The film's main strength is its awesome fight scenes, expertly choreographed by genre master Yuen Woo Ping. The frequent battles are breathtaking, fast, and strangely elegant despite being filled with snapping limbs and spraying blood. Although at times slightly marred by gimmicky set ups, these moments lend the film a brutal air of realism that has been lacking in the genre. The action scenes dominate the film and make up for a fair amount of its running time, which is a definite bonus for Western viewers worried about the lack of English subtitles.

Although it may have its faults, and is at times a little hard to take seriously, Fearless undeniably makes for great entertainment. Wearing its heart on its sleeve, with a sincere sense of both national and personal pride, it makes for a rousing experience likely to be enjoyed by all viewers.

Movie Grade: 4/5

By James Mudge -

March 9, 2006

This professional review refers to Fearless (DVD-9) (China Version)
This is apparently to be Jet Li's final martial arts film, a fact that saddens the whole of martial arts fandom. So there was a lot riding on this one: would Jet the martial artist go out with a bang, or with a whimper?

Well, fortunately for all of us, it's a definite bang. Jet, now in his mid-forties, may have slowed down a little, but he's still got the effortless grace and balance that made him a star. Watching this man move is almost a religious experience: as an admiring character in Blake's 7 once said, "Every part a moving part? Every move is executed beautifully, and every move is just as much as required, but not one hair's breadth more. Pure poetry."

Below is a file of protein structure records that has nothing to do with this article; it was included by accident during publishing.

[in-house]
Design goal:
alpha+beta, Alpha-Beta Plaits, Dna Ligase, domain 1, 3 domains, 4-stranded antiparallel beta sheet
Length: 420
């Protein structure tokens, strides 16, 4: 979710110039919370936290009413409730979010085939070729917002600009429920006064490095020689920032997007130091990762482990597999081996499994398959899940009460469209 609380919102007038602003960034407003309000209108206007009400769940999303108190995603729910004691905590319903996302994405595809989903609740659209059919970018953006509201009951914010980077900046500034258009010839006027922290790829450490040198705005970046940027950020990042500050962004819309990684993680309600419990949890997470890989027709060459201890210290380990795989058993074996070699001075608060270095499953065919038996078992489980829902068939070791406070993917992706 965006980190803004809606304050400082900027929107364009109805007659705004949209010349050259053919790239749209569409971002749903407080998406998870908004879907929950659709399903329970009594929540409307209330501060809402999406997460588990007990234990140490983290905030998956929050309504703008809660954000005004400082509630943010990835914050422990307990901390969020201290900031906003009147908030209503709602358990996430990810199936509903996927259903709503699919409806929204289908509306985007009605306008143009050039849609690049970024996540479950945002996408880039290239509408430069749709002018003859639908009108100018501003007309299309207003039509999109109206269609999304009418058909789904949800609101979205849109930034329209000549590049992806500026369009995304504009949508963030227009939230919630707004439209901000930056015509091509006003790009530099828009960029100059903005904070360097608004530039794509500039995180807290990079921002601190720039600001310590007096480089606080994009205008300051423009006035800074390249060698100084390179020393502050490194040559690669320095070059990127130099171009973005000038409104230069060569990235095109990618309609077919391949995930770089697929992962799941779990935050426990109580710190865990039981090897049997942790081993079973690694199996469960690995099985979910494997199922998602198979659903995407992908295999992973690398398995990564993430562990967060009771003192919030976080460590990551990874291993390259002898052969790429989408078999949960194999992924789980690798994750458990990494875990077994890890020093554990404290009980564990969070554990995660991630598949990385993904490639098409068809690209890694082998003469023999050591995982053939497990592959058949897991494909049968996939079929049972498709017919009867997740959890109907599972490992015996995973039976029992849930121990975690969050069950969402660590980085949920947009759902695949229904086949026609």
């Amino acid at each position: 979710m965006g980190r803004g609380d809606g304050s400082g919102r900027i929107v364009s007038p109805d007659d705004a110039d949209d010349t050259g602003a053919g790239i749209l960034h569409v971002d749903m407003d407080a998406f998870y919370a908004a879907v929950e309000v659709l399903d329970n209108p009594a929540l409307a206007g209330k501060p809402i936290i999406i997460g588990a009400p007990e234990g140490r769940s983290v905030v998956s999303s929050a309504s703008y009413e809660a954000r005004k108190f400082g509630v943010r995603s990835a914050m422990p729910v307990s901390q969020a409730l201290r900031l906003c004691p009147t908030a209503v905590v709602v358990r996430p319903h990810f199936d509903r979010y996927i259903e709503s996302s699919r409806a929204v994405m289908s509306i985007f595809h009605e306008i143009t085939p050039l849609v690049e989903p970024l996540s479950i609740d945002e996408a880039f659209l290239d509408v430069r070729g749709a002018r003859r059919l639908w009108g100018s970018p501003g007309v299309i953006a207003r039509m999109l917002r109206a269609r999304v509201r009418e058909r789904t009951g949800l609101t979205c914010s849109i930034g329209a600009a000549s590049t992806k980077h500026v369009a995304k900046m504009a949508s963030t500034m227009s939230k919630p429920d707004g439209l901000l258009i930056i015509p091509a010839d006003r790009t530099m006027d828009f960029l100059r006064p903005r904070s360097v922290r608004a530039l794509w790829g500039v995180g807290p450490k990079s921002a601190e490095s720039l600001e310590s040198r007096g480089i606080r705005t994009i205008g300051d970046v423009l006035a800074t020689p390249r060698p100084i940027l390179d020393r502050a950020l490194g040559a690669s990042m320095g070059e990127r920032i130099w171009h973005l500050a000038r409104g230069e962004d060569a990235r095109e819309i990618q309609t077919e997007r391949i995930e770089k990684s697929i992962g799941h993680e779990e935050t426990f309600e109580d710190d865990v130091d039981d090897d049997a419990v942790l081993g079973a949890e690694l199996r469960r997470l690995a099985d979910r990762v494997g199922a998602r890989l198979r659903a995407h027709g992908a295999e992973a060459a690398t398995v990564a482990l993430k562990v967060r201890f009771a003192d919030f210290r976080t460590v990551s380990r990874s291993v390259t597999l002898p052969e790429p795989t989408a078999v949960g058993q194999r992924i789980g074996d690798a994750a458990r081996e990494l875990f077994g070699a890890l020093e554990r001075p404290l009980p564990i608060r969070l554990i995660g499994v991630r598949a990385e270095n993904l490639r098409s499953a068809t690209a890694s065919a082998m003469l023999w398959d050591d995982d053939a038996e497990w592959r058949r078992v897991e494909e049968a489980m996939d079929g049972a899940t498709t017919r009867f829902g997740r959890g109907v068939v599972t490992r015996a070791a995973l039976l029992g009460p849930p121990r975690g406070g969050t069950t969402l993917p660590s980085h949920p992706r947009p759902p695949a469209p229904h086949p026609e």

Of course, we've seen from Jet's Hollywood movies that, no matter how great his skill, it's still possible to make it look like a dog's breakfast with poor direction and/or action choreography. Fortunately again, Jet's final martial arts film is graced by two masters in this field, in the form of Yuen Wo Ping (choreography) and Ronny Yu (direction). Yuen's fame has survived Hollywood, and he's known worldwide as the action choreographer of films such as The Matrix and Ang Lee's epic Crouching Tiger, Hidden Dragon. Yu fared a little worse in Hollywood, being relegated to teen slasher movies, but he's responsible for the Michael Hui comedy Chicken And Duck Talk, as well as the sublime wuxia fantasy The Bride With White Hair, so his credentials are solid.

And with three such masters in control, it wouldn't have been possible to bollix this up even if they'd all painted themselves purple and done the Chicken Dance. So what we see is a beautifully realized colonial China, with Jet as the jewel and centerpiece. Admittedly, he's not so appealing in the early part of the film, as the prideful and truculent scrapper: he's a trifle too old now to get away with that, and the character is less appealing than the endearingly boyish scrapper he played in Fong Sai Yuk.

But where Jet really shines is the second half of the film. He gives this role the gravitas that marked his turn in the Once Upon A Time In China series, and turns in a finely nuanced performance that compliments the fighting.